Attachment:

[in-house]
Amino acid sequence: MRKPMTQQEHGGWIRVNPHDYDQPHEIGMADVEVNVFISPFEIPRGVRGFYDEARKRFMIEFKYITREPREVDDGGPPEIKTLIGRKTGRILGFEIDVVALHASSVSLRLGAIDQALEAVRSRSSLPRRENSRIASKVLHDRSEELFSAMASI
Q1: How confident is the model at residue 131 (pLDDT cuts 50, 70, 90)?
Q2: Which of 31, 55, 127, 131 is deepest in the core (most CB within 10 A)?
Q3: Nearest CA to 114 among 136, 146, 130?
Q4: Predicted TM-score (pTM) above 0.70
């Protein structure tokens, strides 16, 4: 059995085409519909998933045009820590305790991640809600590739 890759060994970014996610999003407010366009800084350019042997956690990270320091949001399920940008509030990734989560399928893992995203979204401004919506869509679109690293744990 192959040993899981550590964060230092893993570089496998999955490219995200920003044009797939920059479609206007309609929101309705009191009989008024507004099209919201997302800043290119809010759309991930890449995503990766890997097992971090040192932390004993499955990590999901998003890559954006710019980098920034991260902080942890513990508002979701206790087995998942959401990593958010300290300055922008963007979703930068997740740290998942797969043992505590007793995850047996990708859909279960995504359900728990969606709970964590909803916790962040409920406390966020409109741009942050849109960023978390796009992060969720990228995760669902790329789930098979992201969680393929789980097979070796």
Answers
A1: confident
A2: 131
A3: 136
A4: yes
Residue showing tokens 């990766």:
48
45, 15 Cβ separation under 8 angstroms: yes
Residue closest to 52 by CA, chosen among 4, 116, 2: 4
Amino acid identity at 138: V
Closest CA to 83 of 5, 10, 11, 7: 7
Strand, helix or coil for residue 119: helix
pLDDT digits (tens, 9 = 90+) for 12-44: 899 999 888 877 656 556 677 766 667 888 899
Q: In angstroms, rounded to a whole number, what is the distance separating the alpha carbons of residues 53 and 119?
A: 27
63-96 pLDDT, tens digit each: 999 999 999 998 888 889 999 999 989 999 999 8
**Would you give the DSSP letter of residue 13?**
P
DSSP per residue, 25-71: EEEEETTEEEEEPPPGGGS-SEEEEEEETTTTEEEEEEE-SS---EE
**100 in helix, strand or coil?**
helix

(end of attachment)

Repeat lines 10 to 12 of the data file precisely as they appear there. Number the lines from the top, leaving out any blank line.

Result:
A2: 131
A3: 136
A4: yes